The factors that lead to preterm birth, which affects nearly 10% of pregnancies worldwide, are poorly understood. Its effects, however, are known. Among them: cerebral palsy, intellectual disability, and visual and hearing impairments.

In order to better understand the cause of preterm birth, researchers need to better understand the uterine contractions patterns responsible for initiating preterm labor. Current imaging technology has not been good enough to get a clear picture of what causes contractions to start early and birth to arrive too soon.

The National Institutes of Health (NIH)’s Eunice Kennedy Shriver National Institute of Child Health & Human Development has awarded a five-year, $1.67 million grant to Chuan Wang, assistant professor in the Preston M. Green Department of Electrical & Systems Engineering, to tackle this problem. Wang is working with an interdisciplinary team including Shantanu Chakrabartty, Clifford W. Murphy Professor of Electrical & Systems Engineering, and Yong Wang, associate professor of obstetrics and gynecology in the School of Medicine and of electrical & systems engineering in McKelvey Engineering, to incorporate ultrathin, soft sensors into a wireless and wearable system that can continuously record the electrophysiologic signals generated from the uterine contractions when placed on the abdomen. The wearable system will feel similar to a shirt with embedded sensors that can be comfortably worn by the user at home for long periods of time.

To address the engineering challenge of wirelessly powering all the sensing and telemetry circuits at each recording site in a fully distributed high-density imaging system, his team is turning to the concept of self-capacitance, an intrinsic property of any electrically isolated body (e.g. human body), for wireless power delivery. The self-capacitance arises from fringe electrostatic fields between the body and an omnipresent ground plane, and it can serve as a return path for displacement currents emanating from a power source through the external ground back to the source, allowing the power to be transmitted wirelessly to all the sensors. For the wireless charging to work, the person wearing the sensors needs to be in contact with a conductive ground plate. Metal plates built into the floor or the chair could do the trick.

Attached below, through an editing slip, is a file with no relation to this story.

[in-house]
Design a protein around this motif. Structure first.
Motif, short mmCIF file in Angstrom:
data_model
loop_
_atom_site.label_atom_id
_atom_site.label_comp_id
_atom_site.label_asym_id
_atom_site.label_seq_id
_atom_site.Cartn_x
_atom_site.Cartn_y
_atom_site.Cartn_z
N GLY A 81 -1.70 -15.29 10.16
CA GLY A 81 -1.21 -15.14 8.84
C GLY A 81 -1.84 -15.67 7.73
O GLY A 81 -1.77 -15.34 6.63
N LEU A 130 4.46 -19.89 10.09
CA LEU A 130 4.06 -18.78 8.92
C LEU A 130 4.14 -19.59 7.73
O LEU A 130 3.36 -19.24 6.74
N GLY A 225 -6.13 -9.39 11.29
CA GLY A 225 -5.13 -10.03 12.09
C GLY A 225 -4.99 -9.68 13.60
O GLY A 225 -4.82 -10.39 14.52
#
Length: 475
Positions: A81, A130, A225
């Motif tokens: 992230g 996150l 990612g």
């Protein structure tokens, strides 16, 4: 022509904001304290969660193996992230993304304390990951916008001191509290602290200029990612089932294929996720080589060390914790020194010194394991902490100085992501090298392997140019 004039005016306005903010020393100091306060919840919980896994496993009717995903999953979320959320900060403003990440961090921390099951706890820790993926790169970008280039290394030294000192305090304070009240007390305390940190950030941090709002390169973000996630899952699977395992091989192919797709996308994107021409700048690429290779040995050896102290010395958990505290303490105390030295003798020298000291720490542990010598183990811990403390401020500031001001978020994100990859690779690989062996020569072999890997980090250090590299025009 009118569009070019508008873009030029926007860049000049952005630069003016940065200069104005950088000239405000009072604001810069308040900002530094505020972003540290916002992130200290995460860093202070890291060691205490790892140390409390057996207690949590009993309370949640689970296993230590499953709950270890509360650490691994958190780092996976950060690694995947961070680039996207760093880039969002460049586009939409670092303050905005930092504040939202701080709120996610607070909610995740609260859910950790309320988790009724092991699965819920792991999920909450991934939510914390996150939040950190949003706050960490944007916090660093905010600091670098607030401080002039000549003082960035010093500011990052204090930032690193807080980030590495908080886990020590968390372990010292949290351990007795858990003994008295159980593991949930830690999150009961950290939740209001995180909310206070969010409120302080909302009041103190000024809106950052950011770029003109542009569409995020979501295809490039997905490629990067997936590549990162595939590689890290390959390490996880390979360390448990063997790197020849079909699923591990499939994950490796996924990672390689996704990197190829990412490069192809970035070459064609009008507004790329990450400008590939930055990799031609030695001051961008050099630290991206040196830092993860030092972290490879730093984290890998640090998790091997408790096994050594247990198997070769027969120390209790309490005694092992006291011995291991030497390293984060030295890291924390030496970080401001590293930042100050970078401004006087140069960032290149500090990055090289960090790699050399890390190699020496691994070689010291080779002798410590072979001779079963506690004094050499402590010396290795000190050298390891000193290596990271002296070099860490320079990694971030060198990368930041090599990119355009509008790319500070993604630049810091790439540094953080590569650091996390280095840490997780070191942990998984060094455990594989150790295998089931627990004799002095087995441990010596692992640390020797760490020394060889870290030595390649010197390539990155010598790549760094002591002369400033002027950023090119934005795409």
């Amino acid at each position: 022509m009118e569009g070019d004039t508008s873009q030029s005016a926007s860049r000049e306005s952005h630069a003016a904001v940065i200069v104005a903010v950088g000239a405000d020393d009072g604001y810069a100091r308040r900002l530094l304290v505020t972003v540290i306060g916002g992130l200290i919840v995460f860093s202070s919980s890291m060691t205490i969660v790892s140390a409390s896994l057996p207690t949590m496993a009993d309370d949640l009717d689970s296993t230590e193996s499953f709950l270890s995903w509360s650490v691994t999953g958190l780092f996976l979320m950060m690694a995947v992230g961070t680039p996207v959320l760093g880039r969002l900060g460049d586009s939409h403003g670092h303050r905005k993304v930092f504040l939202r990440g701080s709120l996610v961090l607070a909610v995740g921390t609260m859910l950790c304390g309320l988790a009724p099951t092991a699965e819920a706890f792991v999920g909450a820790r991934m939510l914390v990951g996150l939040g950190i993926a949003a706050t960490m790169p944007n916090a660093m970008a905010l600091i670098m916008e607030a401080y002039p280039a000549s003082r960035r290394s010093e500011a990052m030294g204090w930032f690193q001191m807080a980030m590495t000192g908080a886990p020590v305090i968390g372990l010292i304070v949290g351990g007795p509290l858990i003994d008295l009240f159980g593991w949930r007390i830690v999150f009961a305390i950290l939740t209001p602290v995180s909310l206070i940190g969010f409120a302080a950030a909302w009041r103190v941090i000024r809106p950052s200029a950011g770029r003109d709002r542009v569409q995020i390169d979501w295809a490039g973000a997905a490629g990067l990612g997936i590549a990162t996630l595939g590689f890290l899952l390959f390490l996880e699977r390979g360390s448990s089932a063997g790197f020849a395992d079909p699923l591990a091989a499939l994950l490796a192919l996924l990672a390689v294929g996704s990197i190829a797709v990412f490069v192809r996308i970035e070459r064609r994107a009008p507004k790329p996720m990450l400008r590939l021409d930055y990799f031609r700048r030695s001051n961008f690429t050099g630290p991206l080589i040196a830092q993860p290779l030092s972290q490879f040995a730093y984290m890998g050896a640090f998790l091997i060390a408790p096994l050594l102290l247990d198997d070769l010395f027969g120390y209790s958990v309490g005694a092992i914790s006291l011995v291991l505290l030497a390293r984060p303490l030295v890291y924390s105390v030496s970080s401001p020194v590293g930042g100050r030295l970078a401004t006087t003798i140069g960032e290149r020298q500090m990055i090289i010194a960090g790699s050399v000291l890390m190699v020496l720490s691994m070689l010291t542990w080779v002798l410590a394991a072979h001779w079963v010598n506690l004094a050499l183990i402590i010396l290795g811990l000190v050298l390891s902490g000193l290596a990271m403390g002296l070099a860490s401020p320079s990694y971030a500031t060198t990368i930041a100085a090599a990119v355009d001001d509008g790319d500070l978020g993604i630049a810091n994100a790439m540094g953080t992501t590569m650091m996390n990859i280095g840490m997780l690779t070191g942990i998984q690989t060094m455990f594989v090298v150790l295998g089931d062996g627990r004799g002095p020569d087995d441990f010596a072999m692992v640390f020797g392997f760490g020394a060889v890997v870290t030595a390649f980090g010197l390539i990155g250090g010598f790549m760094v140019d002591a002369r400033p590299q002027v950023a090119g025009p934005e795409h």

The new technology will allow researchers to map uterine signals during pregnancy and use this higher-quality data to better understand the causes and point them toward potential treatments of preterm birth.

The McKelvey School of Engineering at Washington University in St. Louis promotes independent inquiry and education with an emphasis on scientific excellence, innovation and collaboration without boundaries. McKelvey Engineering has top-ranked research and graduate programs across departments, particularly in biomedical engineering, environmental engineering and computing, and has one of the most selective undergraduate programs in the country. With 165 full-time faculty, 1,420 undergraduate students, 1,614 graduate students and 21,000 living alumni, we are working to solve some of society’s greatest challenges; to prepare students to become leaders and innovate throughout their careers; and to be a catalyst of economic development for the St. Louis region and beyond.

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